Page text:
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Today is a day a star was born.  I know that sounds like so much hyperbole, but in many ways it is true.  It was 63 years ago today that Broadway saw the opening of what is arguably Tennessee Williams’ greatest work, “A Streetcar Named Desire.”

And it was that opening that truly introduced the world to the powerful talent that was Marlon Brando.

As anyone who reads this blog is aware, I am a fan of the theatrical experience on both stage and screen.  And, while I love attending the cinema these days, I truly believe that the talent on display now (with a few very notable exceptions) pales in comparison to the Hollywood of the ’30’s and ’40’s.  When I am asked my favorite film of all time it is often assumed I will name one of the classics of my generation.  But, for me, nothing will ever top Humphrey Bogart’s turn as Rick in “Casablanca.”

It is this appreciation of old films that drew me to Brando initially.  Seeing such classic performances as “On The Waterfront” and his reprisal of the his Broadway role in “A Streetcar Named Desire” laid the foundation for grabbing everything from his Oscar-winning turn as Vito Corleone in “The Godfather” to the disturbing portrayal of H.G. Wells’ titular character in the forgettable “The Island of Dr. Moreau.”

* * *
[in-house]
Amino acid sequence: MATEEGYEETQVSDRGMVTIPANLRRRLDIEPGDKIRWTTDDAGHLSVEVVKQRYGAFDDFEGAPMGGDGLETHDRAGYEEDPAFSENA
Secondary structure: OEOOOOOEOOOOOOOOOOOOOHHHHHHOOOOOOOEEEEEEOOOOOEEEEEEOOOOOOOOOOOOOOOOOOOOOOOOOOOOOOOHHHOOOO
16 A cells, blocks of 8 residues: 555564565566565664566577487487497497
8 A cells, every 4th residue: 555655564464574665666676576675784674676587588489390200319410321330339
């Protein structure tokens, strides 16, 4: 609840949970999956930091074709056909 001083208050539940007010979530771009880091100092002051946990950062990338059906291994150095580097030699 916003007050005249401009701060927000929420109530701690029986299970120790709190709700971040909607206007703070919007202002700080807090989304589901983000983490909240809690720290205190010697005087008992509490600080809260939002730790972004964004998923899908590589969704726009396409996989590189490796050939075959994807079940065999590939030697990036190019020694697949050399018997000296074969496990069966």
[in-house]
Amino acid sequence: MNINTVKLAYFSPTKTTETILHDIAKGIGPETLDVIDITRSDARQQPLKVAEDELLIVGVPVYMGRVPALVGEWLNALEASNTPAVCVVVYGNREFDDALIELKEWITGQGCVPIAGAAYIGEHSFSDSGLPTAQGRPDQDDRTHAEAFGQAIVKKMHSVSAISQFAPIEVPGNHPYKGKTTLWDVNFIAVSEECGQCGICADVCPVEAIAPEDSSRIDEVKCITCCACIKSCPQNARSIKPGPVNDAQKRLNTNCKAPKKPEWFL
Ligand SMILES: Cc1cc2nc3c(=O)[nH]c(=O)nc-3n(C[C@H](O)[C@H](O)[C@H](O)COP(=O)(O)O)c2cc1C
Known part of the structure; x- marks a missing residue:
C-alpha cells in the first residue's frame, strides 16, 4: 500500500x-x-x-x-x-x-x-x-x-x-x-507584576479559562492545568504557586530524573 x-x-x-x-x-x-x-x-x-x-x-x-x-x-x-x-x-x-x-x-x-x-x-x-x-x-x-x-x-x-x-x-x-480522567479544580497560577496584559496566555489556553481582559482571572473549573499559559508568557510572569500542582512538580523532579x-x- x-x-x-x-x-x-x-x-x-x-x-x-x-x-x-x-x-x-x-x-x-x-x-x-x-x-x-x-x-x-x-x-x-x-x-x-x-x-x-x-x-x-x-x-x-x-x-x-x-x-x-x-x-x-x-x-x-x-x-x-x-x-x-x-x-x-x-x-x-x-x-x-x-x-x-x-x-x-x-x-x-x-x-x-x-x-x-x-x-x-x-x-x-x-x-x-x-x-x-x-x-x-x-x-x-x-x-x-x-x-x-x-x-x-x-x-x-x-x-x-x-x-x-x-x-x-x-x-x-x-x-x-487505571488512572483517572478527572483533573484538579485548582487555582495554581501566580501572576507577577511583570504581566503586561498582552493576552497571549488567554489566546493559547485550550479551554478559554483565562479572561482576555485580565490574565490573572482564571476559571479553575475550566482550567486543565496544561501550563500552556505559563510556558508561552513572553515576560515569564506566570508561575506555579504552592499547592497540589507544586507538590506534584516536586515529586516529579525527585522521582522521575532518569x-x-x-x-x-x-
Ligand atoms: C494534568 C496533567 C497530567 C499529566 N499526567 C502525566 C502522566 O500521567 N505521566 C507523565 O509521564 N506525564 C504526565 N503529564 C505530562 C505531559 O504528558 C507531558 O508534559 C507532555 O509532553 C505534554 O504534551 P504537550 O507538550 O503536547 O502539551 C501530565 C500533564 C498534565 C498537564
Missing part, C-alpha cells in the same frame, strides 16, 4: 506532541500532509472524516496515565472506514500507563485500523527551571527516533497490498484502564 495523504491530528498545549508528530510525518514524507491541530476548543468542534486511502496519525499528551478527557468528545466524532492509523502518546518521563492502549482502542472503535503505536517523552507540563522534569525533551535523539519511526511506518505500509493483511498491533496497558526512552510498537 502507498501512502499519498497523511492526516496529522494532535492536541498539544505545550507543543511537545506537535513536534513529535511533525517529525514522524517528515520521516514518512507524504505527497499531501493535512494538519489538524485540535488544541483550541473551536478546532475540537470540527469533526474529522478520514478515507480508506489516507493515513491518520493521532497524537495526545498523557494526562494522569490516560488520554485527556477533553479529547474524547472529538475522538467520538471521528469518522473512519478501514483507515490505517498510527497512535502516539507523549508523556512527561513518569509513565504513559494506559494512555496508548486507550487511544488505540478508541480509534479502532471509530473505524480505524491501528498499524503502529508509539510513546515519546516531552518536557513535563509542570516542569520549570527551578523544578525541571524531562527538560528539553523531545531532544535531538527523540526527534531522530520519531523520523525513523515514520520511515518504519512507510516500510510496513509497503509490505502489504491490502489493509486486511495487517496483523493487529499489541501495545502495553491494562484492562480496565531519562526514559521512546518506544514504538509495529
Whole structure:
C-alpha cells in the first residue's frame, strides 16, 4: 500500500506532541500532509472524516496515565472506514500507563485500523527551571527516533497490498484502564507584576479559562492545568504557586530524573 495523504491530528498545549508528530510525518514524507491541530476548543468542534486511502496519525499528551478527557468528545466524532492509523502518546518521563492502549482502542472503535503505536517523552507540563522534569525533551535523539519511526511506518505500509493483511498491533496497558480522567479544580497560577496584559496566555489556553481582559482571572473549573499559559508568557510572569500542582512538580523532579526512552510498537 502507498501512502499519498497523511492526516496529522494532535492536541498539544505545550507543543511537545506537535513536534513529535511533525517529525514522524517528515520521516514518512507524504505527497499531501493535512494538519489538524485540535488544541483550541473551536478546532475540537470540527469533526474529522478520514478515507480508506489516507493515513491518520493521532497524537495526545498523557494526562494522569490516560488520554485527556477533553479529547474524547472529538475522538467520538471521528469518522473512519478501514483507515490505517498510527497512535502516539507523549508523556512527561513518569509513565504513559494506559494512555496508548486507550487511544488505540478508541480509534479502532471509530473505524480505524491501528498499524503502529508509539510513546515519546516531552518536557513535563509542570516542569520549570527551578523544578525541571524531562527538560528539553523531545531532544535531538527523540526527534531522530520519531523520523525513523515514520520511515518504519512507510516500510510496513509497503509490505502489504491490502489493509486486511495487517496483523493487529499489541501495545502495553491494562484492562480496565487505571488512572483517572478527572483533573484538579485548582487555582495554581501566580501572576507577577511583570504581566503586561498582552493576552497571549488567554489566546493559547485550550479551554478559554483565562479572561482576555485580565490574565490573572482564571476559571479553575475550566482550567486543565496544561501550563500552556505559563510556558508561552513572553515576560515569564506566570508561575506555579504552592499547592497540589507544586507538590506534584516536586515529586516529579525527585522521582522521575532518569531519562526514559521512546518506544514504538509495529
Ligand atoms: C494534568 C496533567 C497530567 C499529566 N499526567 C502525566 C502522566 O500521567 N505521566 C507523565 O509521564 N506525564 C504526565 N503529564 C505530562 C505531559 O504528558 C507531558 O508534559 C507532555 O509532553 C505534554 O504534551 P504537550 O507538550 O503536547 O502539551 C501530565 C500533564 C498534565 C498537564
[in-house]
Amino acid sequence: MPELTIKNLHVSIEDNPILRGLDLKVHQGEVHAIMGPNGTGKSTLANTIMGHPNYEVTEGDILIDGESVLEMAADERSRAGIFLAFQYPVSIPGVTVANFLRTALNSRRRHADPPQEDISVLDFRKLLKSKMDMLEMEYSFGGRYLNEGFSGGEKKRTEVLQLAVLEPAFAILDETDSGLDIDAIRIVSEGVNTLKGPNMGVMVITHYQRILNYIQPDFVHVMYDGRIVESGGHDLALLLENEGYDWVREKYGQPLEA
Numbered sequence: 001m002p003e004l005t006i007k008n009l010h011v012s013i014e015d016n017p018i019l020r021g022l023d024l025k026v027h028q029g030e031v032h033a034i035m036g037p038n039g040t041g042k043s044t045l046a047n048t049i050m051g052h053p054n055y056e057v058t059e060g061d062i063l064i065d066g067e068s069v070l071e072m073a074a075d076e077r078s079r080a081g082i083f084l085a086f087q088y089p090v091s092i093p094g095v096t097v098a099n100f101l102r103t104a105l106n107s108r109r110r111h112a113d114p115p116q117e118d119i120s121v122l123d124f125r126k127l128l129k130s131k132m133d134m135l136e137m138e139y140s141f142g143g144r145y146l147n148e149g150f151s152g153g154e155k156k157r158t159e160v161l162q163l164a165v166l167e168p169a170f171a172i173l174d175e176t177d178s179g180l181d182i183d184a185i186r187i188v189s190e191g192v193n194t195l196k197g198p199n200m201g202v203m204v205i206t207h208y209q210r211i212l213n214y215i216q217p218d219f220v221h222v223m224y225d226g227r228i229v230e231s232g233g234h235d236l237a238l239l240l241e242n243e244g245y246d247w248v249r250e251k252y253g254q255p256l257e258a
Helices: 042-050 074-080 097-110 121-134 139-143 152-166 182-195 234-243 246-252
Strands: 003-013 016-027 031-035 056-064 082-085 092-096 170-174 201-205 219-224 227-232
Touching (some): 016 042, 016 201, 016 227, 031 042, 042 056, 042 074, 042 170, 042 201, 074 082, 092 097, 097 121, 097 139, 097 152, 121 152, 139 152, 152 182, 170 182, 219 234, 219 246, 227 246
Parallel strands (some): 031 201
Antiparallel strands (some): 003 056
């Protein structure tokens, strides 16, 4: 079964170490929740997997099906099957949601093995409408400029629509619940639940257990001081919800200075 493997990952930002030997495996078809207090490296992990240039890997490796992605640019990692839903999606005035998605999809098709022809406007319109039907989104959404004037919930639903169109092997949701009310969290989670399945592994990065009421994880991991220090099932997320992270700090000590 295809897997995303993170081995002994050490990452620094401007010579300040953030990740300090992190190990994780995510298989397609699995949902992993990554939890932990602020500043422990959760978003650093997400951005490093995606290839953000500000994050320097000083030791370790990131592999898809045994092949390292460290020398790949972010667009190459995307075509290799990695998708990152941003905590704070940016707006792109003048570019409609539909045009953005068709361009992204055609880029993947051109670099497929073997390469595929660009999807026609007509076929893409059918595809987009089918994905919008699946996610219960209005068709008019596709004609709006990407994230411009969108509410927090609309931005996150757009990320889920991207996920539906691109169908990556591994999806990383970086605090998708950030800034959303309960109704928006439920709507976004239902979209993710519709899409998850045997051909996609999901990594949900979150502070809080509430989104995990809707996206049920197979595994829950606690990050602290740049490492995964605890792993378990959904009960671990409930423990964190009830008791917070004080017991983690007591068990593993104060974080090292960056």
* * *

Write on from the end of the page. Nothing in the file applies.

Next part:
The stage production of “Streetcar” made Brando.  The shocking brutality and sexuality of the play was unheard of in the ’40’s.  But, the power of Williams’ script performed by a young Brando made the play an incredible success, winning awards for nearly everyone involved including a Pulitzer for Williams.

“Streetcar” has had a rippling effect ever since that first performance.  It changed the theatrical landscape and raised the bar for those that followed.  Careers were established or strengthened.  Expectations and boundaries were shattered.  And Marlon Brando led the charge into a new era of theatrical greatness on both stage and screen.

No wonder the applause that first night went on for 30 minutes.


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